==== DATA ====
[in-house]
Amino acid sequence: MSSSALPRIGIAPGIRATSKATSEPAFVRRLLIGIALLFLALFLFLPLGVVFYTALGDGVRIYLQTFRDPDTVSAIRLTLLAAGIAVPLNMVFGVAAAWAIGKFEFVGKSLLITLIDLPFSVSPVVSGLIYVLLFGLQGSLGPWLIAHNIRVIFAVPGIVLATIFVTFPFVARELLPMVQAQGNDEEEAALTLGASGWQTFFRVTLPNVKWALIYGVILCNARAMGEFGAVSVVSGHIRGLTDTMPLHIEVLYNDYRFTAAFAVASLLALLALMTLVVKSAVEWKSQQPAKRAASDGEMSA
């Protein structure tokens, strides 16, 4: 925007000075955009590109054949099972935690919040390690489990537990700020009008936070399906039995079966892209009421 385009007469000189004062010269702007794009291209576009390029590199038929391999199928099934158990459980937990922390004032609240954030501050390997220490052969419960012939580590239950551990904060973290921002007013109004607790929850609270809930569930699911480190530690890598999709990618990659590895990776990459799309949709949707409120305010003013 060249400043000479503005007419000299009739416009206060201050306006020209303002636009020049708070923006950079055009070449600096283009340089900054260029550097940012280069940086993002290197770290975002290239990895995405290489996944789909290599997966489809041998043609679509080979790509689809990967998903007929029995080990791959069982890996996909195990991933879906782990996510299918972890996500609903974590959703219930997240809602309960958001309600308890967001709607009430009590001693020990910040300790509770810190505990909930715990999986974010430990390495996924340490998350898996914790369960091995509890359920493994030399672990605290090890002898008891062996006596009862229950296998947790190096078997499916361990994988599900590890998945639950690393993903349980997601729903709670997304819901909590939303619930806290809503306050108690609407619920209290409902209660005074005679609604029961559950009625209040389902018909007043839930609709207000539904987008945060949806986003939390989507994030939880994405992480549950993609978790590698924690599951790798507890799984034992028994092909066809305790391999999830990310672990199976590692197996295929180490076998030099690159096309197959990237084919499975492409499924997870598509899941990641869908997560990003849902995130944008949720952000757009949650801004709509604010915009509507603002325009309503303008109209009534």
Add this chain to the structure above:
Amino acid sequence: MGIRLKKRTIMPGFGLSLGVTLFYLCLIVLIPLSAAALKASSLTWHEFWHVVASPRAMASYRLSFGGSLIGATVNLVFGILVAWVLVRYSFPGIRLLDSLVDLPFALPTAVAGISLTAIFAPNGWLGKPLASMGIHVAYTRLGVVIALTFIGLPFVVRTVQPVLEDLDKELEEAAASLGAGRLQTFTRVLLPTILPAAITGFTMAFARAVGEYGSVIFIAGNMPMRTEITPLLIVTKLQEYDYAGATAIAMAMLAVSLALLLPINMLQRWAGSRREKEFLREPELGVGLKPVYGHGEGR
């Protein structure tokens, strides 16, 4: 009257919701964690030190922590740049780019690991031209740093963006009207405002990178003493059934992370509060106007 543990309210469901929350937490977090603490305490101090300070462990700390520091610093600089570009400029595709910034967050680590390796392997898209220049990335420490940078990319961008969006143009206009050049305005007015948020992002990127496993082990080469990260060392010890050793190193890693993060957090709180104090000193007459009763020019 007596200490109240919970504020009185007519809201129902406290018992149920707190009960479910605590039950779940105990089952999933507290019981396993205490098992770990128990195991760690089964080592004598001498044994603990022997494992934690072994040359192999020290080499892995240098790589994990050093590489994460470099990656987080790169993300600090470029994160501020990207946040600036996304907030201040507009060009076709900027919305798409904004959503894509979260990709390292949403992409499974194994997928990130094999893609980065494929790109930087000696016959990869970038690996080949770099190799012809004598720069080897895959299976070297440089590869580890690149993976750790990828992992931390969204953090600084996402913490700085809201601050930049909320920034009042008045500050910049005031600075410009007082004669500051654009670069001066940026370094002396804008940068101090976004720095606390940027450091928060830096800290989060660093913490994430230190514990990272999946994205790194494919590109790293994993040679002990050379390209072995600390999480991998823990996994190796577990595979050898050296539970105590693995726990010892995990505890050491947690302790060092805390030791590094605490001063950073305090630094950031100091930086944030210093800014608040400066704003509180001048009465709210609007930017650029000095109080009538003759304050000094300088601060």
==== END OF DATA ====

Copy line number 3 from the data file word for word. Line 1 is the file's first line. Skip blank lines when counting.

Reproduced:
């Protein structure tokens, strides 16, 4: 925007000075955009590109054949099972935690919040390690489990537990700020009008936070399906039995079966892209009421 385009007469000189004062010269702007794009291209576009390029590199038929391999199928099934158990459980937990922390004032609240954030501050390997220490052969419960012939580590239950551990904060973290921002007013109004607790929850609270809930569930699911480190530690890598999709990618990659590895990776990459799309949709949707409120305010003013 060249400043000479503005007419000299009739416009206060201050306006020209303002636009020049708070923006950079055009070449600096283009340089900054260029550097940012280069940086993002290197770290975002290239990895995405290489996944789909290599997966489809041998043609679509080979790509689809990967998903007929029995080990791959069982890996996909195990991933879906782990996510299918972890996500609903974590959703219930997240809602309960958001309600308890967001709607009430009590001693020990910040300790509770810190505990909930715990999986974010430990390495996924340490998350898996914790369960091995509890359920493994030399672990605290090890002898008891062996006596009862229950296998947790190096078997499916361990994988599900590890998945639950690393993903349980997601729903709670997304819901909590939303619930806290809503306050108690609407619920209290409902209660005074005679609604029961559950009625209040389902018909007043839930609709207000539904987008945060949806986003939390989507994030939880994405992480549950993609978790590698924690599951790798507890799984034992028994092909066809305790391999999830990310672990199976590692197996295929180490076998030099690159096309197959990237084919499975492409499924997870598509899941990641869908997560990003849902995130944008949720952000757009949650801004709509604010915009509507603002325009309503303008109209009534």